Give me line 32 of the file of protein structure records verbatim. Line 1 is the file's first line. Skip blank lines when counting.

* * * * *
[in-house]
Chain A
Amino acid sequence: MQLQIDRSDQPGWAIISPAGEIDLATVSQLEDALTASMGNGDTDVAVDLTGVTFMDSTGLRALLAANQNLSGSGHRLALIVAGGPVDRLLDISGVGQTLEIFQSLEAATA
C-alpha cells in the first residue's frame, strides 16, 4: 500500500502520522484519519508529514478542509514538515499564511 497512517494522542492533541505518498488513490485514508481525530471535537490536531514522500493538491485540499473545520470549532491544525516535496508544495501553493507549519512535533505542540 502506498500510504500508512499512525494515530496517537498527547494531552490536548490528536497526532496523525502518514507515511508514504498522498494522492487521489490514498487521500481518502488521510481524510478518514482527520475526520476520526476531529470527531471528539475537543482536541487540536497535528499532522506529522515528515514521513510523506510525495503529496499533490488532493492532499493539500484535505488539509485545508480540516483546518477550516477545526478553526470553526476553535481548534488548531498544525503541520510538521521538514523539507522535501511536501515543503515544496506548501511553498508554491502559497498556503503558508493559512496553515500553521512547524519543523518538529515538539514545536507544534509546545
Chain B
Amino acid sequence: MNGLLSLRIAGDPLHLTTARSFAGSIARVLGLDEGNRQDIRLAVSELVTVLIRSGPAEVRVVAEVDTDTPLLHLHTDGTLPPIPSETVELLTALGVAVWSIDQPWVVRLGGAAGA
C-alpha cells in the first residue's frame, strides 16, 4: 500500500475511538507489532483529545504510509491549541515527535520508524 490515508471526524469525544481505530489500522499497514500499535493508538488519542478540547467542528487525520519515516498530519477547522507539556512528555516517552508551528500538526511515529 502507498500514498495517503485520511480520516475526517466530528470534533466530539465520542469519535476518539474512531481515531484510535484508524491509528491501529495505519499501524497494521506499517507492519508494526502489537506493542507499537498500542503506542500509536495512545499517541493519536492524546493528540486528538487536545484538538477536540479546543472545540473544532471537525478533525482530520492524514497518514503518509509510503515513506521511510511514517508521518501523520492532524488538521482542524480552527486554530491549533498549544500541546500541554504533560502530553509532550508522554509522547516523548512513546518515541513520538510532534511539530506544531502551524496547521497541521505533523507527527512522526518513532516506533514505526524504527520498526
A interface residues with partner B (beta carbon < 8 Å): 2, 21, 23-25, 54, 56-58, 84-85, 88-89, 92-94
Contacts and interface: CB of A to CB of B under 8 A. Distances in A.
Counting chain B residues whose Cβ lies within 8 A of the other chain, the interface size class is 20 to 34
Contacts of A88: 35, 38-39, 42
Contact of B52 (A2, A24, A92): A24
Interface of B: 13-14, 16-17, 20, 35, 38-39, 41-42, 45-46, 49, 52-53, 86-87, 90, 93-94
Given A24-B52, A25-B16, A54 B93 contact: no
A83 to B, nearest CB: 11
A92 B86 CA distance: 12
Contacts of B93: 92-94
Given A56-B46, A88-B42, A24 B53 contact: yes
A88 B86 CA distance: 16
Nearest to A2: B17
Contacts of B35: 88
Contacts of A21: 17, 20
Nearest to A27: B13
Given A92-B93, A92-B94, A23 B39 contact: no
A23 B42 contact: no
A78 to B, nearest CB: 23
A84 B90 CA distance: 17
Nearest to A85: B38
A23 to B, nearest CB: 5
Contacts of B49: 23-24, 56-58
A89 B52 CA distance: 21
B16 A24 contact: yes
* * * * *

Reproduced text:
B16 A24 contact: yes